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Woman Stymied In Drive For 'Beautiful Viking Baby'

New federal health regulations meant to protect Americans from mad cow disease now prohibit the import of semen from European sperm banks. Apparently before the ban, Nordic donations commanded top-dollar in American clinics.

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SCOTT SIMON, host:

Even in a week dominated by news about Georgia, Russia and the Olympic games, there are water-cooler stories, maybe latte-sipping stores these days, news stories that invite everyone to gather round and express an opinion. Julie Peterson may be that kind of story.

Ms. Peterson, who's a North Carolina chiropractor, can no longer locally buy semen from Denmark. New federal health regulations meant to protect Americans from mad cow disease now prohibit the import of semen from European sperm banks. Apparently before the ban, Nordic donations commanded top dollar in American clinics.

There has been no documented case of mad cow being transmitted by semen, but some doctors say that the research is so thin, it's not worth the risk, especially when there are domestically-produced alternatives.

Miss Peterson, who's unmarried, already has one baby conceived from a vial furnished by a Danish donor whom she's nicknamed Sven(ph). Now they've never met, but according to clinic records Sven is a tall, blond, blue-eyed Danish engineer. So instead of paying 500 dollars at the local sperm bank, Miss Peterson is now in Denmark for another donation from Sven, her third expensive trip that she hopes will produce a pregnancy. She worries that she may run out of money in time.

Now there's nothing more personal than children, and I do not believe I'm in a position, in this forum or any other, to criticize anyone's most intimate choices, but some of the quotes attributed to Miss Peterson this week, frankly, made me squirm.

She told the Washington Post News Service, quote, "I'm Swedish-Norwegian and I really wanted to have a gene pool that was similar to my own. I wanted a baby that looked like me and wanted to share my heritage with my baby. Now I have a beautiful Viking baby, which is what I wanted. I was hoping to give her a full sibling."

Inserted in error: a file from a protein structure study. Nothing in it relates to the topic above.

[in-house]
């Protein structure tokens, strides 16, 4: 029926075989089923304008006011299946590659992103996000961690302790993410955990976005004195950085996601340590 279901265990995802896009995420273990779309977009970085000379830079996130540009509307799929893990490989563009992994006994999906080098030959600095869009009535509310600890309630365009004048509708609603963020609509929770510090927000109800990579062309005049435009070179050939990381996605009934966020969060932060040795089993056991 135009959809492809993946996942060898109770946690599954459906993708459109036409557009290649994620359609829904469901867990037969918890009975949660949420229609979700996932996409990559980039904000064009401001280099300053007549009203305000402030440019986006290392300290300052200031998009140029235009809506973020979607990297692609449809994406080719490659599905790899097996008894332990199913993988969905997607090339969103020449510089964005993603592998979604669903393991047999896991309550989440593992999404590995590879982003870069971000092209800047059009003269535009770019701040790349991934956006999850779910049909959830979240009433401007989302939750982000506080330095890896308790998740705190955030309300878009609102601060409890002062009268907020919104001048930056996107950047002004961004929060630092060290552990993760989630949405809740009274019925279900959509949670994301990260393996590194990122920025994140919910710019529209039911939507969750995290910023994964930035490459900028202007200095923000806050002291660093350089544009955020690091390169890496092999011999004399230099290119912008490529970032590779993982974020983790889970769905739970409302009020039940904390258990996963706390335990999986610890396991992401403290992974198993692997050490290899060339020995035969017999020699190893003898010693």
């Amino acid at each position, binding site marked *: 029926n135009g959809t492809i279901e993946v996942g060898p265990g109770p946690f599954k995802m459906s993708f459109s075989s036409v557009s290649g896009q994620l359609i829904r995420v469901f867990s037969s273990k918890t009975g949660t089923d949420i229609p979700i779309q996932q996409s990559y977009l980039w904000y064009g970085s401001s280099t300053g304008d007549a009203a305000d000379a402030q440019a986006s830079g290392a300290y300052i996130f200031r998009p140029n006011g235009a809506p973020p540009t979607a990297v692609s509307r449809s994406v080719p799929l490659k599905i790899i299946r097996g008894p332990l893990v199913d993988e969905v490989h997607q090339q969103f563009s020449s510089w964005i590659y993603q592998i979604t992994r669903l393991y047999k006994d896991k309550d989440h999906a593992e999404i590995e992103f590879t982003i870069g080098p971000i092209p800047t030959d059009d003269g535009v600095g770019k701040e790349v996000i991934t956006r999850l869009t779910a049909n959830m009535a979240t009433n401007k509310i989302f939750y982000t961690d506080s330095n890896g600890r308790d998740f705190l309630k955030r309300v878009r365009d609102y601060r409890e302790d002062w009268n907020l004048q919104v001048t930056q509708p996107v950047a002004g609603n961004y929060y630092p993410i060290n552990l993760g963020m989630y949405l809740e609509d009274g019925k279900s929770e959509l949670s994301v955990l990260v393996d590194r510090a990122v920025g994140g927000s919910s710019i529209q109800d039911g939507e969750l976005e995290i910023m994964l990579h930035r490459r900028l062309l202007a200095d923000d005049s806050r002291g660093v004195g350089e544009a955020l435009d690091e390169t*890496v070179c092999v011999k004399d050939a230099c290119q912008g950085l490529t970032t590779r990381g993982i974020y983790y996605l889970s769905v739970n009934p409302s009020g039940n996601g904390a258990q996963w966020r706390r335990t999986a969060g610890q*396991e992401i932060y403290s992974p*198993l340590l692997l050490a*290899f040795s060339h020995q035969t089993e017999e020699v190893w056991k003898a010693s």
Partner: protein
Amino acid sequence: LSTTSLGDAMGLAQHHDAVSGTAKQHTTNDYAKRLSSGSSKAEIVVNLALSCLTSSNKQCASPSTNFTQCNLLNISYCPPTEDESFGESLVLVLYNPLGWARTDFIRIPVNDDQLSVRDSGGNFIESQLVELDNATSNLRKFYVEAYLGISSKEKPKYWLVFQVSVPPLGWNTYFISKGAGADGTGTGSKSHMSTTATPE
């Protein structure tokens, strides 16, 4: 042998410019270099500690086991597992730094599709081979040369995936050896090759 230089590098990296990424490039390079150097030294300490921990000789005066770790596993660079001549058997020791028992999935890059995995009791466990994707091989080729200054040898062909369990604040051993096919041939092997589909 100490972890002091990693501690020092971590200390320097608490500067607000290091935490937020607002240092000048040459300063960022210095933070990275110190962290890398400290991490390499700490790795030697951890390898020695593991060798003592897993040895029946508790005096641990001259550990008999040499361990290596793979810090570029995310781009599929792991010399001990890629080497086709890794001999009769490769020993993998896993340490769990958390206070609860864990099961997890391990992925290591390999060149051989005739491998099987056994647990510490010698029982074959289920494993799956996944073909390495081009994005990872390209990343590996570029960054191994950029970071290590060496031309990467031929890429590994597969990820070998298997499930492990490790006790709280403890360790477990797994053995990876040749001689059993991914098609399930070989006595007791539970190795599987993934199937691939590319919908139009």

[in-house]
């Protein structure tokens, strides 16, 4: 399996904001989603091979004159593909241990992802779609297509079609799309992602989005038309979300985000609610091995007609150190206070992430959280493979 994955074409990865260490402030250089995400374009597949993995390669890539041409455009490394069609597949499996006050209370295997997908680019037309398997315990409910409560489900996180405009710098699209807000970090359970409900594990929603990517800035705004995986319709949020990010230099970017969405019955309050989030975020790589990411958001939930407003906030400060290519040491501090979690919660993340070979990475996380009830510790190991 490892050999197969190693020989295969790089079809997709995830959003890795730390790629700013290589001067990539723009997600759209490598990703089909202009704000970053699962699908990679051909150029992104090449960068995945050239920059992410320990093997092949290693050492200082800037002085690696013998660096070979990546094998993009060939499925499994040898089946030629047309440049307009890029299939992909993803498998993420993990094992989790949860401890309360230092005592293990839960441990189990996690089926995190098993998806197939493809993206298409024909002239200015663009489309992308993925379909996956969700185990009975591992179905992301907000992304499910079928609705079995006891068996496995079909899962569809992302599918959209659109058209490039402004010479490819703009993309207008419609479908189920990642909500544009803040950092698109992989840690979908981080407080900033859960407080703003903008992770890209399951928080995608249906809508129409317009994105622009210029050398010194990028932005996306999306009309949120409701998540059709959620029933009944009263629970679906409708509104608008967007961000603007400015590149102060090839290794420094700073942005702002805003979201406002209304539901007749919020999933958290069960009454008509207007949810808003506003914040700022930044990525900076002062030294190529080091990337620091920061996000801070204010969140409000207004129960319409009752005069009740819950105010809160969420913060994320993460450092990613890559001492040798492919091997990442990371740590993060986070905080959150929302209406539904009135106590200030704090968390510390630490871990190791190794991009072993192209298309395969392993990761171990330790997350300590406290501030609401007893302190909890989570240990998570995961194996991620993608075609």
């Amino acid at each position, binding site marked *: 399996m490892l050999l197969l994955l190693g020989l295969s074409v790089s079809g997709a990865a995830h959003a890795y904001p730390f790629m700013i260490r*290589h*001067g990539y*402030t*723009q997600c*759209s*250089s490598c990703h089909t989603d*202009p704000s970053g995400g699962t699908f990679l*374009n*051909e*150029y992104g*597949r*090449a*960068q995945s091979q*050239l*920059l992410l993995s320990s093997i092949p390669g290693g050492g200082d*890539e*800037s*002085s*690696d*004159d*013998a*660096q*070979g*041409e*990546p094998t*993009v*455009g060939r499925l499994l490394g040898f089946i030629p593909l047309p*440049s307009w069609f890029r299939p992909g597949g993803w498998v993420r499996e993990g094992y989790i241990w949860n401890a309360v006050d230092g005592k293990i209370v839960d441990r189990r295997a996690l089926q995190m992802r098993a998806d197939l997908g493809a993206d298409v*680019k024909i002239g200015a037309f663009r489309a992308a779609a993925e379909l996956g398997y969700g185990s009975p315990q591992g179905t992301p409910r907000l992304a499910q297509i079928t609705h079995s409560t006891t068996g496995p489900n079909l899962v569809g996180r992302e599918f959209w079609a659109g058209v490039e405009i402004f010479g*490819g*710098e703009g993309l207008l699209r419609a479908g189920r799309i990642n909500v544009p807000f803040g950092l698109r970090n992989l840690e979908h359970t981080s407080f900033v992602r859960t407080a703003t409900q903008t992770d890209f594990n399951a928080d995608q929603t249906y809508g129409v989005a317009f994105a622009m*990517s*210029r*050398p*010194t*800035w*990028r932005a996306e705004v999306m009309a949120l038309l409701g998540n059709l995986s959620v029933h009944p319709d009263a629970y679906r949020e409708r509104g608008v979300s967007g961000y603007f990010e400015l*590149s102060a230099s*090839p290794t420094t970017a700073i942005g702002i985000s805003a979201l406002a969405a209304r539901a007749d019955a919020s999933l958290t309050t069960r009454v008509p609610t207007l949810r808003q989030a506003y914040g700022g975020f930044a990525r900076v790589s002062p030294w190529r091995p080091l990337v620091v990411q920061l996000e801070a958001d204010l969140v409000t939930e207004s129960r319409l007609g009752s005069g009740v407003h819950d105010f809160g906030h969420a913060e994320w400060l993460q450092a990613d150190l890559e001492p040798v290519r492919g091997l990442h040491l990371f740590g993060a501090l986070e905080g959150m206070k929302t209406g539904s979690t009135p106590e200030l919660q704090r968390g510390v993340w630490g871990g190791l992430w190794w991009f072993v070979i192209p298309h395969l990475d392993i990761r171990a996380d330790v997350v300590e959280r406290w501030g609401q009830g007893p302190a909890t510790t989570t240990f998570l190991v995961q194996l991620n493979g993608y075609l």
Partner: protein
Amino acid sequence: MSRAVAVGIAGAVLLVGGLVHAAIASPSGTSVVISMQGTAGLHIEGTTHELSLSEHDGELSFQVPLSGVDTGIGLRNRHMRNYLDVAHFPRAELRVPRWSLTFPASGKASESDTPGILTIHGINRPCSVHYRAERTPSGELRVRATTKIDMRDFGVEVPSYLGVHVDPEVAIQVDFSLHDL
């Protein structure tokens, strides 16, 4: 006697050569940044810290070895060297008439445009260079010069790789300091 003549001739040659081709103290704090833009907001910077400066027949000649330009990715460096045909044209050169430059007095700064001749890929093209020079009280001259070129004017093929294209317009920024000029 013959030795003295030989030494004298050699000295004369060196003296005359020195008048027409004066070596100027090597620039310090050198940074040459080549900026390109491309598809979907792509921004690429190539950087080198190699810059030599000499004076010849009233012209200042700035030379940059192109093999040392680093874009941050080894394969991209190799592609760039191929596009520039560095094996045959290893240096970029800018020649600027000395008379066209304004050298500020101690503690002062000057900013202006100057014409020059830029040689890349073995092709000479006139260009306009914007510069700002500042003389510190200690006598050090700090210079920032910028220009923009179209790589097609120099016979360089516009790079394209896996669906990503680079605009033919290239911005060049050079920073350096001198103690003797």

I don't know if that kind of reasoning is racist, but it is certainly preoccupied with genetics and bloodlines. To be blunt, it makes me feel creepy. Who's to say that a child she could adopt from Guatemala or a baby conceived with a father who's Irish or Navajo can't share Julie Peterson's interest in Scandinavian heritage? Does she really want children or just sophisticated dolls who will look and act just like her? And what happens when her beautiful little Viking becomes a real kid and decides that she likes hip-hop, Bollywood movies or dyes her hair purple?

I understand that such strong physical preferences - I won't call them prejudices - are a part of romantic attraction and what people may seek in a partner. But it doesn't sound as if Julie Peterson wants a partner, just a few ccs from an unseen donor. And I wonder if someone with such exacting criteria in the bloodlines and mere physical appearance of a child really knows who and what children are and what really makes us love them.

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Simon SaysSimon Says NPR's Scott Simon Shares His Take On Events Large And Small